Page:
Most retailers are commanding their advertising houses and clerks to use only "Happy Holidays." This is distressing to many Christians, especially since the retailers continue to use the trappings of our celebration, like Christmas trees, the colors of red and green, and other traditional, deeply meaningful symbols of the season. Presumably that is because someone's feelings might be hurt. I can understand that, actually: it's rude to celebrate the arrival of Our Saviour, which is Christ, the Lord, in front of someone who does not share our joy. How thoughtless! After all, without the gospel, the whole idea of Christmas is pretty tiresome.
Our Christian gift-giving is supposedly done at least in part in imitation of the Magi, who brought gifts to Jesus when they found Him in the stable. Let's face it: to give gifts to each other is not exactly true to that picture, if you know what I mean.
So let's bring our celebration closer into line with that of the Magi, instead of pleasing ourselves and annoying the non-Christians among us.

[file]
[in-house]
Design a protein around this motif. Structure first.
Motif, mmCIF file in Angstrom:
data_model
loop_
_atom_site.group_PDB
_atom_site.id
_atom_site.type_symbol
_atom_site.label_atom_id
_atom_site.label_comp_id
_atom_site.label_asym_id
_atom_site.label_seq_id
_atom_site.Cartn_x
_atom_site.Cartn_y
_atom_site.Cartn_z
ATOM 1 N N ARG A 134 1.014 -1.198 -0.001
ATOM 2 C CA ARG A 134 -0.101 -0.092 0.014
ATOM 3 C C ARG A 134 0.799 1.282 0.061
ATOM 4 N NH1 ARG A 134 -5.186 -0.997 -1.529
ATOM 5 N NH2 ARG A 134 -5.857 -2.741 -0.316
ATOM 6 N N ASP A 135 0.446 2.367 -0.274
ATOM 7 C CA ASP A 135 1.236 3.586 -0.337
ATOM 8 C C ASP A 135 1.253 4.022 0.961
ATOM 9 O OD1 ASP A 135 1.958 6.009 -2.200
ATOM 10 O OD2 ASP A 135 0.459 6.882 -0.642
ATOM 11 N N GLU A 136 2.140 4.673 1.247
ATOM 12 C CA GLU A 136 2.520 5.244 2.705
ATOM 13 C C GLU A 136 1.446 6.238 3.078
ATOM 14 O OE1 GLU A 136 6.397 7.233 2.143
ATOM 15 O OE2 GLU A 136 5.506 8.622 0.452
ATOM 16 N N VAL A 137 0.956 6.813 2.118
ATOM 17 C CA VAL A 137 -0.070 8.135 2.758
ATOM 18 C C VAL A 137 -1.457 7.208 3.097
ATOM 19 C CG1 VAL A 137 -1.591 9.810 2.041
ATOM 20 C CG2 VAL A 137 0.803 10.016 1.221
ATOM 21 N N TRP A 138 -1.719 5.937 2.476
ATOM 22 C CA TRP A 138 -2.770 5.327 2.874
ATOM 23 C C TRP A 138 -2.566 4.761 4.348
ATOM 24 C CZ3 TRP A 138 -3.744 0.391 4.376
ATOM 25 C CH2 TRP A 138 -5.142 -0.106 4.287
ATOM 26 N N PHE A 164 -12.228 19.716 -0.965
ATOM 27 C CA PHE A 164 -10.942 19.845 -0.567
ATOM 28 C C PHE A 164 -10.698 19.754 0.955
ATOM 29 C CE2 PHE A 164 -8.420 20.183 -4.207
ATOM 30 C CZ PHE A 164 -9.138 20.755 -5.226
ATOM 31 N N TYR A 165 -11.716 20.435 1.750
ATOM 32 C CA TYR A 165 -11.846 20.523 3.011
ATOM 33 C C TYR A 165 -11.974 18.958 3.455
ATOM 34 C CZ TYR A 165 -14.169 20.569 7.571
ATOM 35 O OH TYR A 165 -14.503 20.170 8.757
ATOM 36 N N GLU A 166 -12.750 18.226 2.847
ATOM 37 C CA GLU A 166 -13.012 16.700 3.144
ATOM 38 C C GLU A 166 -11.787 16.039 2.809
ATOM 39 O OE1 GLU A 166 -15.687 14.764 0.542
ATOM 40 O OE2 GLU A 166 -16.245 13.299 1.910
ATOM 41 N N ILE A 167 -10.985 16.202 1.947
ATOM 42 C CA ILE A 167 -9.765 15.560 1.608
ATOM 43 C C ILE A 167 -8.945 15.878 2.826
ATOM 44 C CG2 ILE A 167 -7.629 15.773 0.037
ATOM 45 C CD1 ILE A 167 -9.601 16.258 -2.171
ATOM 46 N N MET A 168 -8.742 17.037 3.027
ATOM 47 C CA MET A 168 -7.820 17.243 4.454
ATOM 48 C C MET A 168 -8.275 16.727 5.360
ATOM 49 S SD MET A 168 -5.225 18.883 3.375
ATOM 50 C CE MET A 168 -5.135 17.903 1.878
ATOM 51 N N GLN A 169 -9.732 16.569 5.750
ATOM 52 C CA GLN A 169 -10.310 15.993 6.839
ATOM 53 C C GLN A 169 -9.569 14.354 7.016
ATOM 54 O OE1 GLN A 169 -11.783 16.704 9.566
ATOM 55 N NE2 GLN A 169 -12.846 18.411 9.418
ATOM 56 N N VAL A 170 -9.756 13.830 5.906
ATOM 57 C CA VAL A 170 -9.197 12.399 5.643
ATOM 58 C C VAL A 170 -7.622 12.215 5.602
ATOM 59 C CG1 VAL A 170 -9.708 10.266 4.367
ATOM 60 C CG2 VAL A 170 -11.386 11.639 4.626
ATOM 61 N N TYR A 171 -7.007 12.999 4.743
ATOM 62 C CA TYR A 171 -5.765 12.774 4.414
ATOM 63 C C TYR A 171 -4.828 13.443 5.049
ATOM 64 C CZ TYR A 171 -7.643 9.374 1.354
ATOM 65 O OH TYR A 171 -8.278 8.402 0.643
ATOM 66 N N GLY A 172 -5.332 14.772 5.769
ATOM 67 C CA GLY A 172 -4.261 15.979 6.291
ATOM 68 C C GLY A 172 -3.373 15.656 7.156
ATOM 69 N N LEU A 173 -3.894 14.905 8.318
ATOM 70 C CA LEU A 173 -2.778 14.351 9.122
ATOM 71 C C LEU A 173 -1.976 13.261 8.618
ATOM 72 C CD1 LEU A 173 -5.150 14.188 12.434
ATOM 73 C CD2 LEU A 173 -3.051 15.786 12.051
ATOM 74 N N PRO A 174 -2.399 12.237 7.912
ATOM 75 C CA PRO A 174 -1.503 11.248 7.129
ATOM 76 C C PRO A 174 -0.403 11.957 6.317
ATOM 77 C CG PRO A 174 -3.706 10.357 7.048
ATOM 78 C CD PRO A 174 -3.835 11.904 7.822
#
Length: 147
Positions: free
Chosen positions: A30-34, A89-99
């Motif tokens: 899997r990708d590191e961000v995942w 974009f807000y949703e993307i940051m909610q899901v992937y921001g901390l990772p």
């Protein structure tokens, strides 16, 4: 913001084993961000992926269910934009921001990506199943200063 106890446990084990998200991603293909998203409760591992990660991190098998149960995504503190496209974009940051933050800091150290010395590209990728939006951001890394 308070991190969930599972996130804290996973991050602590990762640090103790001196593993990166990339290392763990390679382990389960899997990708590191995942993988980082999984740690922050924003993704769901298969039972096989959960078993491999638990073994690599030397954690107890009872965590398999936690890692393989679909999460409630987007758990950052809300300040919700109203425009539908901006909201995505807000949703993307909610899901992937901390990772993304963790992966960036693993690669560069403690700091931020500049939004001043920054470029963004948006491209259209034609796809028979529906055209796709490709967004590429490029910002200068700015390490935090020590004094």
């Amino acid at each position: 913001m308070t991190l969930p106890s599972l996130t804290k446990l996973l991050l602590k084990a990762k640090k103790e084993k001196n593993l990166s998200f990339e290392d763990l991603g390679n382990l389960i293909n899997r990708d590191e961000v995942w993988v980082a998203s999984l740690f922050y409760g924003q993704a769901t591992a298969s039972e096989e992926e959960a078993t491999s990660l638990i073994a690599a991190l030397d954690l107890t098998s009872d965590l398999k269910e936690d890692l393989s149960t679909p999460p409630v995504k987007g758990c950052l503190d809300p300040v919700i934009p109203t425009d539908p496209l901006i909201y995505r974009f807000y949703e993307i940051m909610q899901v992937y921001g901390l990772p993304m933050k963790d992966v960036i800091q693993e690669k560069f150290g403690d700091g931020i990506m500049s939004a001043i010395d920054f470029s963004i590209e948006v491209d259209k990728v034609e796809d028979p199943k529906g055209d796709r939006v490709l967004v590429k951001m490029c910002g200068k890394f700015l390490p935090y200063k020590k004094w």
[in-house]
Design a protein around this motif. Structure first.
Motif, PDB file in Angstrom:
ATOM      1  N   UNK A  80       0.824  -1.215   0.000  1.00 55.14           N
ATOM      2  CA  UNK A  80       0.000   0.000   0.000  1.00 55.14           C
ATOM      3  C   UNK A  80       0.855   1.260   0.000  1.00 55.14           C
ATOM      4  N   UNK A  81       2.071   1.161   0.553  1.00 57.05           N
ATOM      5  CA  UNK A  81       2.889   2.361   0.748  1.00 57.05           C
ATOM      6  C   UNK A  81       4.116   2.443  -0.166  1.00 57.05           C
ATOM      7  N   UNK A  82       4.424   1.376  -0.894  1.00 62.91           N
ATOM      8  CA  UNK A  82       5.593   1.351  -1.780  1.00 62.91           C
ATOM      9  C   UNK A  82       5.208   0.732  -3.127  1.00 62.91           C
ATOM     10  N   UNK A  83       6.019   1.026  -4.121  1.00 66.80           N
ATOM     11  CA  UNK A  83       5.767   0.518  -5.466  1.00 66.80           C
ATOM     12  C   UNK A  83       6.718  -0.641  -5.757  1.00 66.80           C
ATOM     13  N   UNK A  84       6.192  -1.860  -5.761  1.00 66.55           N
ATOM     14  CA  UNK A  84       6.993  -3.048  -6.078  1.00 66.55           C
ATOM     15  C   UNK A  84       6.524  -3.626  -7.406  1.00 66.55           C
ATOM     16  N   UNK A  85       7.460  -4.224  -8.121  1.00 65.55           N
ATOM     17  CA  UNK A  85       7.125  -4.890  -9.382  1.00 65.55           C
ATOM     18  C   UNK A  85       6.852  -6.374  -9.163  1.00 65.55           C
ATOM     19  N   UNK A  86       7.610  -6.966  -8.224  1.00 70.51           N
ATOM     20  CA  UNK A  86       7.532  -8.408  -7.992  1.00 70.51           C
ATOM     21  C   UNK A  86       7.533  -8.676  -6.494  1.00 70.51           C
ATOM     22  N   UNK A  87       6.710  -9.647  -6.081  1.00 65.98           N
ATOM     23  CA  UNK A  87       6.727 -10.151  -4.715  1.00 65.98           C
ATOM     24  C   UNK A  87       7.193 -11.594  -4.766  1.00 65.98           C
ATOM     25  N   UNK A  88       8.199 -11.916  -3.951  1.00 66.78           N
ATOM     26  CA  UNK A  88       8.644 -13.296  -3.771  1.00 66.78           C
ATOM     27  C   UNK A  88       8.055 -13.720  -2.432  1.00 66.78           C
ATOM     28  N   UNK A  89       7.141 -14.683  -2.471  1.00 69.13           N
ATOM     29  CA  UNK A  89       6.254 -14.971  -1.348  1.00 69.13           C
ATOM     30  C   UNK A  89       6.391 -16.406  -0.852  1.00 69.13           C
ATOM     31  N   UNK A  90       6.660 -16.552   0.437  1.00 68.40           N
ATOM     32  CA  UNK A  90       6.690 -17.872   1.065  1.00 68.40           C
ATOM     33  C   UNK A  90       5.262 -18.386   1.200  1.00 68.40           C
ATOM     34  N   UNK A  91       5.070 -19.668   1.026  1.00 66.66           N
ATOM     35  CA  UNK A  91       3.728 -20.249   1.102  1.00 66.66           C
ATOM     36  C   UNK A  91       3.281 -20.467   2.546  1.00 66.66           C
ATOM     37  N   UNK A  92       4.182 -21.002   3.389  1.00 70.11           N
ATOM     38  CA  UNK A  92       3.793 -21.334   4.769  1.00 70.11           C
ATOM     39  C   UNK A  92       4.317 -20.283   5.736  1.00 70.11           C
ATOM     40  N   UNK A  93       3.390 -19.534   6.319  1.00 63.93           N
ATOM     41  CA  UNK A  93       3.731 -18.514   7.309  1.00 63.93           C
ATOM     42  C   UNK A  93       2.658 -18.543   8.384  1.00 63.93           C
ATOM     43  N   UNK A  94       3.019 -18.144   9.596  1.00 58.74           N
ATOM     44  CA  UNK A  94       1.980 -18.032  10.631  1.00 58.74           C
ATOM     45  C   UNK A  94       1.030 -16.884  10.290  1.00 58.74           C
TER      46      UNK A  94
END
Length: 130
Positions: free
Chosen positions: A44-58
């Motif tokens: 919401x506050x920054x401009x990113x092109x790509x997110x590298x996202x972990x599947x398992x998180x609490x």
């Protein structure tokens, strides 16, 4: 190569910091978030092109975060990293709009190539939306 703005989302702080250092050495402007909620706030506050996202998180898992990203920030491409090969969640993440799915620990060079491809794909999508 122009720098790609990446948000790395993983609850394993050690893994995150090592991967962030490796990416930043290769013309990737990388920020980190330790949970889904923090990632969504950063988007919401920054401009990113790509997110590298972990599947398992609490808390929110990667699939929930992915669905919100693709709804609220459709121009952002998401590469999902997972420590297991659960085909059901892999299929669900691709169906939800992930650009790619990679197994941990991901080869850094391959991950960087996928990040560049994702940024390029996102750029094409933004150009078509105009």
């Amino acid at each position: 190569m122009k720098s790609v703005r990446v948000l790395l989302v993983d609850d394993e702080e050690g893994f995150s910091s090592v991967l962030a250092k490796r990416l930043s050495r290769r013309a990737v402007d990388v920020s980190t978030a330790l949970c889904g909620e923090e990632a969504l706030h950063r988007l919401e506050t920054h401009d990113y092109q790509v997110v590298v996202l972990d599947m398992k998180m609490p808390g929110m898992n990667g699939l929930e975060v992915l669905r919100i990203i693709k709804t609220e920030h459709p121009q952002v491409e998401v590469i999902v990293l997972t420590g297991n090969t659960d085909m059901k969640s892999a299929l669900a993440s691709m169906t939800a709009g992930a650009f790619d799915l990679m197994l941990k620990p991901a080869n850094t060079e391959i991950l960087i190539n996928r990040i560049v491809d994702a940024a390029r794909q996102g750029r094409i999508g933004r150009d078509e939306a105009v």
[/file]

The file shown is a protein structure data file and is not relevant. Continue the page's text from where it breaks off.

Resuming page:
"So long as you did it to the least of these, you did it to Me." Let us restore the real tradition of Christmas gift-giving by giving gifts to the baby Jesus wherever we find Him in the poor and needy. Let's shower Jesus with cash by giving it to charities, and show our affection to one another with unbought words and acts of love. Let's give small meaningful gifts, like bookmarks, photographs, handwritten letters and ornaments for our Christmas trees. Let's tell one another what we treasure about each other, and thank each other for the good times of the last year. Let's offer our time and companionship and service to those who need our individual gifts of talent, whatever they might be: shoveling driveways, fixing computers, mending, watching the kids for an evening, helping with a term paper, etc.
Without Christian spending, the retailers' stores will stand empty, their servers unused, their phones silent, except for the faxes coming in with orders from charities, ordering in bulk and negotiating huge discounts. Let the oh-so-politically-correct managers strain to hear the tinny sounds of their piped-in holiday music over the sounds of crickets chirping in the aisles.
Let us take a sabbatical from Christmas in the 7th year of the new century. In 2007, let us accede to the wishes of those who fear that someone will feel slighted by the word Christmas. Let us give them what they want! Let us remove our feast from the public square, and take it back into our homes, churches and charities. Ho ho ho!